A while ago, Jeff Atwood talked about actual performance and perceived performance, and funny enough, just after reading his post, I stumbled upon a similar deception of a performance indicator. It is really unbelievable how deceiving performance numbers can be, which seems to be a result of the bad sense of time of human beings. I believe that not only most of us suck estimating how much time a certain task will take, but we also suck at estimating how long a task actually took. It actually happened to me the same time I read Jeff Atwood’s post.
It all started with a new parallel version of a certain algorithm we were working on. Actually, a very important part of my daily work is optimization, and to improve the speed of our software, we use different forms of concurrency, and lately, we were parallelizing a certain algorithm using multithreading. To test out the performance difference using a single thread or multiple threads, we used an already existing test application. This test executes the algorithm on a given input and reports the time it spent running the algorithm. As soon as we had a preliminary version of the new multithreaded algorithm working, we started testing whether we could improve performance using both cores on a dual core machine.
We ran the test on a large sized input, using only a single thread on a dual core machine. Reported time 16:38. We ran the test on the same input, using two threads on the same machine. Reported time: 16:41. Using two threads taking more time than using one thread. Okay, a bit strange, but it is possible, considering there might be more overhead as a result of locking. We introduced some mutexes where necessary, and also the OS does its own locking too, for example for memory management. Anyway, nothing seemed to be executed in parallel, otherwise we would have to see an increase in time.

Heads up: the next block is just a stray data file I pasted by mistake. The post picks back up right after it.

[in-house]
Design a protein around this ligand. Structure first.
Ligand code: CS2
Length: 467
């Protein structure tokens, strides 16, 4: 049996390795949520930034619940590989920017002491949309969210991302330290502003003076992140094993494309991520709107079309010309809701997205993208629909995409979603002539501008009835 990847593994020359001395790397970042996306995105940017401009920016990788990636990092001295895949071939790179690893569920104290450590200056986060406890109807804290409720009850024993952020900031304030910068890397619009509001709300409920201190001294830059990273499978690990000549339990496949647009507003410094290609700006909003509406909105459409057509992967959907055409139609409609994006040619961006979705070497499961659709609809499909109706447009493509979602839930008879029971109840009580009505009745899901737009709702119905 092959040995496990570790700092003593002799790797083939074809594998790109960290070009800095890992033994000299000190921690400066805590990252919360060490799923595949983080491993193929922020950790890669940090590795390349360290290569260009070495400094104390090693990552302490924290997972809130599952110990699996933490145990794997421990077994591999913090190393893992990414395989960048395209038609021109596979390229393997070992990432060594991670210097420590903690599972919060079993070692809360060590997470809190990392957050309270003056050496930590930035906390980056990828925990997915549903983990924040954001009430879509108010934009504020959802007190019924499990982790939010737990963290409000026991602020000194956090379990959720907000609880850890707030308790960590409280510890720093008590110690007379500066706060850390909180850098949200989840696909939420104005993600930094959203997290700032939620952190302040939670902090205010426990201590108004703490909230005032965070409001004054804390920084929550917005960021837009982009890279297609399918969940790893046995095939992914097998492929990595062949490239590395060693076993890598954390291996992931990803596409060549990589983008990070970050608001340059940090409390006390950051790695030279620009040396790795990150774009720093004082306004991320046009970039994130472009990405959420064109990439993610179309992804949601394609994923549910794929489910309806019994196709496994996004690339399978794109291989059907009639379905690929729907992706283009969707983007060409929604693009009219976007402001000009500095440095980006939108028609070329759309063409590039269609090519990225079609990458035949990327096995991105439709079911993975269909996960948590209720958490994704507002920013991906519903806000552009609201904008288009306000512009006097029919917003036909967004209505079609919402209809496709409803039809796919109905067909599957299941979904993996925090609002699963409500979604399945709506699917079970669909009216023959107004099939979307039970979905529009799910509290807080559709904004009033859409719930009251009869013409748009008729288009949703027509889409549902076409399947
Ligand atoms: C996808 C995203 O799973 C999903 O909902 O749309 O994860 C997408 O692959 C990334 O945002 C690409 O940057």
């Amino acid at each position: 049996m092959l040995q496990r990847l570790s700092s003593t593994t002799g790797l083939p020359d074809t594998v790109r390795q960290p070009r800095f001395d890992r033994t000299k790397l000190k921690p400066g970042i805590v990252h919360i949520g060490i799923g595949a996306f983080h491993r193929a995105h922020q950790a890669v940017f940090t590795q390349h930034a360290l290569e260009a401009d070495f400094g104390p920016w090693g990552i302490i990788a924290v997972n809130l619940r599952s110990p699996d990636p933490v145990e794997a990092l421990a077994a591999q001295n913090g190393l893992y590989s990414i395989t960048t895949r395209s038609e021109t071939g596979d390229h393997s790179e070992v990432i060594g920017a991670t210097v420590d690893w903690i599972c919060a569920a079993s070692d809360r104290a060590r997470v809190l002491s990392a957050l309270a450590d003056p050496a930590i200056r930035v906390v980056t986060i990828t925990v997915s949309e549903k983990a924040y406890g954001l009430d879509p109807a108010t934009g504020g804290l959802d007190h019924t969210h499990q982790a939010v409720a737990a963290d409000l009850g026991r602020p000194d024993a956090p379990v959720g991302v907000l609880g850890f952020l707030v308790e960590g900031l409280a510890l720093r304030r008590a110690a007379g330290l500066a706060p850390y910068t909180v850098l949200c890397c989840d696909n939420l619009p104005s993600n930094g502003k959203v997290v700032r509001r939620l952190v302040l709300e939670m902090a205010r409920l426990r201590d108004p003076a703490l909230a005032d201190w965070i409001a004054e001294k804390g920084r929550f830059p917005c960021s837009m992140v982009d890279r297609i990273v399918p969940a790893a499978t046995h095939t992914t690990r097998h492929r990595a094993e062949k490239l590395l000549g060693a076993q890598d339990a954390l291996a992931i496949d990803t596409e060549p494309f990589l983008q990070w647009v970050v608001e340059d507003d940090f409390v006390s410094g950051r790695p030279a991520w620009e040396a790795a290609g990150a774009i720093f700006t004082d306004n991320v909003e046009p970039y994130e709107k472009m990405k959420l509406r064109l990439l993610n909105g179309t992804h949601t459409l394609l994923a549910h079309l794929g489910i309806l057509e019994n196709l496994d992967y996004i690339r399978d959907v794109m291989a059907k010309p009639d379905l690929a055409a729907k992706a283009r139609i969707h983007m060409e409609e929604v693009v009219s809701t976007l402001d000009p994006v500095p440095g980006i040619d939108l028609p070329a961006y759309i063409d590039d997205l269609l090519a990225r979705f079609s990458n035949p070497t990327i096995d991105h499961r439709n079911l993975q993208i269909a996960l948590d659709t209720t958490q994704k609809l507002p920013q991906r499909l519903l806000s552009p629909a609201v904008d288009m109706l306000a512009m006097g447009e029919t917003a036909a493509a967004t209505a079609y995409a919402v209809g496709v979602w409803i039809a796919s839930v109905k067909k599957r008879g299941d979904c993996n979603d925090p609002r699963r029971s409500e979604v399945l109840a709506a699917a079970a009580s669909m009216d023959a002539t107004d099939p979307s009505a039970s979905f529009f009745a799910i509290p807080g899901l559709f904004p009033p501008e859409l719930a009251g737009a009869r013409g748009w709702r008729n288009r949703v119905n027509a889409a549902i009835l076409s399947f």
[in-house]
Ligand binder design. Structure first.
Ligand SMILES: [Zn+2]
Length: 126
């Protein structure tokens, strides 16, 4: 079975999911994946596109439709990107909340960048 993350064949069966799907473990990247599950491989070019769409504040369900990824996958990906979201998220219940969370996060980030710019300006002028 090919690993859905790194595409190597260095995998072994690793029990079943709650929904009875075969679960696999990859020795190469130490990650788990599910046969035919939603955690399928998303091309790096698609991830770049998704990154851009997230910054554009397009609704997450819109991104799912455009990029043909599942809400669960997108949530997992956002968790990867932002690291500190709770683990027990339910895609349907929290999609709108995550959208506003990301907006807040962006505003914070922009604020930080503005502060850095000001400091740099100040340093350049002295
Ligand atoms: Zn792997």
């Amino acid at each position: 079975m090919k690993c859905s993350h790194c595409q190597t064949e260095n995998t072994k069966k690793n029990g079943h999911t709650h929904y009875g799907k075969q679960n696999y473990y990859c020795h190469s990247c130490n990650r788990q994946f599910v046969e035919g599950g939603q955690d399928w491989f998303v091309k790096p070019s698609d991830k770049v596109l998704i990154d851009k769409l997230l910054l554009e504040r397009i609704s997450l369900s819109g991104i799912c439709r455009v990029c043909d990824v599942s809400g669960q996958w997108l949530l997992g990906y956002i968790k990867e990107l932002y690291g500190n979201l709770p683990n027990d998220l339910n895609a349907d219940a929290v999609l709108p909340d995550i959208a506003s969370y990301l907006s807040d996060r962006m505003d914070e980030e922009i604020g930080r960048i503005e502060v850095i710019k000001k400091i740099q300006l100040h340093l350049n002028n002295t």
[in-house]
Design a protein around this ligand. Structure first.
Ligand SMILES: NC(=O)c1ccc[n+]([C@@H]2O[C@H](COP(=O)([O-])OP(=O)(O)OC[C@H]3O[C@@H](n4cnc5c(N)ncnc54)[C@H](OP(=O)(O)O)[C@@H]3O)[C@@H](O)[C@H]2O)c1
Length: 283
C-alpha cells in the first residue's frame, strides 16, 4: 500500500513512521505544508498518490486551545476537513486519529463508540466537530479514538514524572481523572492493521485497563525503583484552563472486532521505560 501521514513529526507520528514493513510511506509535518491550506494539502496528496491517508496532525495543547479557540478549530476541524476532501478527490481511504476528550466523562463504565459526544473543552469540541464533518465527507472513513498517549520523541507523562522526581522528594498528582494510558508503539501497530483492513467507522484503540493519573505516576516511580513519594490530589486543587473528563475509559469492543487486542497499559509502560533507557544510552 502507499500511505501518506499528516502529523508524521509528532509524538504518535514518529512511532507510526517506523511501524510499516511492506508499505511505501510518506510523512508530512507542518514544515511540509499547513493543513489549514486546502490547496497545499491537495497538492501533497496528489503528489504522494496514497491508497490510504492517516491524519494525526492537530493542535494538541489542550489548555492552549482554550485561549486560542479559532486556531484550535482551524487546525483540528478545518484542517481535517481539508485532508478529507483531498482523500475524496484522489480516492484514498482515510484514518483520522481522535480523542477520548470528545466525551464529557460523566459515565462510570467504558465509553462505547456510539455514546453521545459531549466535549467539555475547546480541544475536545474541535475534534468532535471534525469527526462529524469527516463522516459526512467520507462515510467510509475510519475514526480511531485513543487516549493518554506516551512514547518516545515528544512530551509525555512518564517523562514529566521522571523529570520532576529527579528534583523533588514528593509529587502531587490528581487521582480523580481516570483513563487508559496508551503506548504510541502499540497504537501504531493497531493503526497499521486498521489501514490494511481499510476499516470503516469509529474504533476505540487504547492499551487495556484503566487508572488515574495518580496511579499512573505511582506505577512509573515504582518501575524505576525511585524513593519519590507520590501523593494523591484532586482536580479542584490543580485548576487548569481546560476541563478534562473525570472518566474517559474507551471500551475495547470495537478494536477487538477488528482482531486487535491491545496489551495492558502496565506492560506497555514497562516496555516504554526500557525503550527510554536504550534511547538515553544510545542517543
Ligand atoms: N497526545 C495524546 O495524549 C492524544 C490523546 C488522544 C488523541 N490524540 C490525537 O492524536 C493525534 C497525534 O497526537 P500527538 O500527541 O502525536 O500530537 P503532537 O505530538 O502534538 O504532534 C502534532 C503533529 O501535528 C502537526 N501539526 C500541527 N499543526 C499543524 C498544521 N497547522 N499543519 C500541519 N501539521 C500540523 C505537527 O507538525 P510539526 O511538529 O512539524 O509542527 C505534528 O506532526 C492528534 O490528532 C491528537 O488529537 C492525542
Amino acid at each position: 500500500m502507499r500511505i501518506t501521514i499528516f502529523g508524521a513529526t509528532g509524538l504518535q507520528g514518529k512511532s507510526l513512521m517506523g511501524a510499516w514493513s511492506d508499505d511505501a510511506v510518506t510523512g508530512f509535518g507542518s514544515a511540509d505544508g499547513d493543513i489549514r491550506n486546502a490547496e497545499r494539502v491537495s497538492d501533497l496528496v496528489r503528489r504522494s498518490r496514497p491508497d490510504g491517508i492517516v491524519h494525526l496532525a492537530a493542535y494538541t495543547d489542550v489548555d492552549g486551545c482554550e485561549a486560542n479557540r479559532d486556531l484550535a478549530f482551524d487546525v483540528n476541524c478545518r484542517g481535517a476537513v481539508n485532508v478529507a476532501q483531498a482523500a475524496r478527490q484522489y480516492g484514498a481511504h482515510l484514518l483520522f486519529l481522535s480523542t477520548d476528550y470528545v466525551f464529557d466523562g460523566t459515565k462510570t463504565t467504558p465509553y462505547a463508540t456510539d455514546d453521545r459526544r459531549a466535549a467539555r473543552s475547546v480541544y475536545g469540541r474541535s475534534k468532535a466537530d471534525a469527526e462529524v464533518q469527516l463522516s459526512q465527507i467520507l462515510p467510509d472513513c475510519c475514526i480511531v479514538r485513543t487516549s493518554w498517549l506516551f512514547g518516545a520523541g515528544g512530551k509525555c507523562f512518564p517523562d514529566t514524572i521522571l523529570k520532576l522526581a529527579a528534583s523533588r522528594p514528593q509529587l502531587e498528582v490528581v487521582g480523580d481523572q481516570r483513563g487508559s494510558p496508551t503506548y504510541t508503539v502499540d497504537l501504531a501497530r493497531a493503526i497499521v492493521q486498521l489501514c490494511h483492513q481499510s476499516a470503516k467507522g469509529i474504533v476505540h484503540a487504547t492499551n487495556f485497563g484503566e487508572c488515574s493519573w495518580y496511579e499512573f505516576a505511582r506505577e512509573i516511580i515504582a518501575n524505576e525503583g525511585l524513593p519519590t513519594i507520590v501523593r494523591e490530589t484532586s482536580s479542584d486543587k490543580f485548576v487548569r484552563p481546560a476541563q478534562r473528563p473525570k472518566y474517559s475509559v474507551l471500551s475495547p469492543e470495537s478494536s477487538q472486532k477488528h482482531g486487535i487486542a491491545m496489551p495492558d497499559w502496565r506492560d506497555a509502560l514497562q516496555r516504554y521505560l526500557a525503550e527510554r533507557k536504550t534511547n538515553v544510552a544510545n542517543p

We reconsidered the mutexes, and reran the test. Reported times were again in the 16 minutes, where the multithreaded version was slower. We used a different input; same result with times around 20 minutes. It was only when we started investigating the multithreaded algorithm’s performance on smaller inputs, where the actual problem started surfacing.
It was in those cases where the test reported around 2 minutes for the dual threaded run where my co-worker started distrusting the reported time. “Hey, that didn’t feel like already two minutes passed!”, he cried. “What is this test reporting, CPU time or wall clock time?” Rerunning the test and using a good-old stopwatch gave us the final answer: the test application reported CPU time. That means we already almost doubled the performance by using two threads with the new algorithm, compared to the single threaded version. We were simply deceived by the reported times; the very first test reported 16:41, but it actually took only 8:20. We couldn’t believe our eyes, so we actually ran it again and confirmed it was true with our stopwatch approach.
So yes, I too believe that “performance is determined largely by the user’s perception rather than actual wall-clock time.”